AFS Celebrates Culture-Defying Movies With Film as a Subversive Art
Revolution in the cinema
Lars Nilsen still remembers the first time he held a copy of Amos Vogel's Film as a Subversive Art. It was 1993, and he was working in the Strand Bookstore at 12th and Broadway in New York. The cover, a still from 1971 Yugoslavian erotic political thesis W.R.: Mysteries of the Organism, merely hinted at the contents: articles about and stills from over 600 films, all intriguing outsiders to mainstream cinema. Nilsen, with trademarked self-effacing humor, said, "I remember [being] not only drawn into the book, not only drawn into the films, but drawn into the idea of being a pain in the ass film-type intellectual. It's very seductive."
Growing up in Oklahoma meant the odds of a print copy of this rare and prized volume making its way into the hands of Jazmyne Moreno were long, but she stumbled across a PDF on an online forum. "It seemed like something I had to read," she said, and it filled a gap in her ongoing film education, away from the centers of cinema. "There was nobody to say, 'You should read this, you should watch this,' so it had to come from somewhere."
Now both have channeled the education within its pages into careers as programmers at AFS Cinema, and are reciprocating its influence with Film as a Subversive Art, an eight-film series running all July that Nilsen described as a tribute not just to the book but "to Vogel's generation of film programmers who were going in and seeking out films that were subversive on their own merits."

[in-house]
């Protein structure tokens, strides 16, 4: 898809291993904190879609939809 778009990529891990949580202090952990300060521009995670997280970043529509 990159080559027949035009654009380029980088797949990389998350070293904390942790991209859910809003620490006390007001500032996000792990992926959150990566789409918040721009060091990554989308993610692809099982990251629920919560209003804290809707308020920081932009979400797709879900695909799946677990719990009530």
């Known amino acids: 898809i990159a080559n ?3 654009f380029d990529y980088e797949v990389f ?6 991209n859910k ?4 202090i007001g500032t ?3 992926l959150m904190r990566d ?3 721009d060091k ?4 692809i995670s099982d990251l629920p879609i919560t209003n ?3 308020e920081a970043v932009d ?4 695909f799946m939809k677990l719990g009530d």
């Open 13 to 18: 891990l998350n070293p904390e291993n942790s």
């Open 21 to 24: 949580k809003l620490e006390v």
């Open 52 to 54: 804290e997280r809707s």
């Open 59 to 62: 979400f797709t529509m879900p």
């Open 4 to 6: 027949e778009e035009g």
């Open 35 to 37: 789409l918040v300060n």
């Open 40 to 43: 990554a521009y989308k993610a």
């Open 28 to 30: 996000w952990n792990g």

Vogel is arguably the forefather of American arthouse film bookers. Born in Vienna, Austria, in 1921, he fled from the Nazis in 1938, and in 1947 he founded the seminal Cinema 16 film club in New York. Inspired by the cinema clubs of Europe that specialized in dissident, avant-garde, and experimental films, for 17 years he and his wife, Marcia, introduced American audiences to a whole wave of bleeding-edge filmmakers, from Agnès Varda to John Cassavetes to Stan Brakhage, Yasujir Ozu, Richard Lester, and more. In doing so he also helped formalize the idea of a film programmer, and his approach to curation is still influential. "Most of what we do, we take from him," said Moreno. "The idea of film as high culture comes from Vogel and his generation."
In 1963 Vogel transferred that booking expertise when he co-founded the New York Film Festival, while his encyclopedic knowledge was laid down in 1974 in Film as a Subversive Art, a guide to transgressive movies – not in some simplistic exploitation fashion, but in forcing society to reexamine norms. Nilsen said, "It wasn't just, 'Oh, it's shaking up people at the cocktail party.' These were shaking up governments or shaking up cultures."
Every reprinting seems to spark another round of programming inspired by Vogel's work. With a new edition (the first since 2005) by Film Desk Books on the racks, this time it's AFS Cinema's turn. The series began last weekend with Le Révélateur, Philippe Garrel's 1968 experimental portrait of a family, and continues this week with Coming Apart (1969), starring Rip Torn in a proto-found-footage psychosexual drama. The season continues with Birds, Orphans and Fools (1969), Juraj Jakubisko's searing commentary on the Soviet invasion of Czechoslovakia, before wrapping up with a landmark depiction of female sexuality in cinema, 1932's Ecstasy.
Copies of the new edition of Vogel's work will be available for purchase at all screenings. "It's a perfect facsimile edition," Nilsen said, "and it still works. People are drawn not only into the book but into that world of being a subversive film enthusiast."
Film as Subversive Art at AFS Cinema
6406 N. I-35 #3100, austinfilm.org
Coming Apart (1969): Thu., July 14, 7:30pm; Sat., July 16, 4:30pm
Birds, Orphans and Fools (1969): Thu., July 21, 7:30pm; Sat., July 23, 2pm
Ecstasy (1932): Thu., July 28, 7:30pm; Sat., July 30, 4:30pm
Film as a Subversive Art by Amos Vogel, Film Desk Books, 336 pp., $44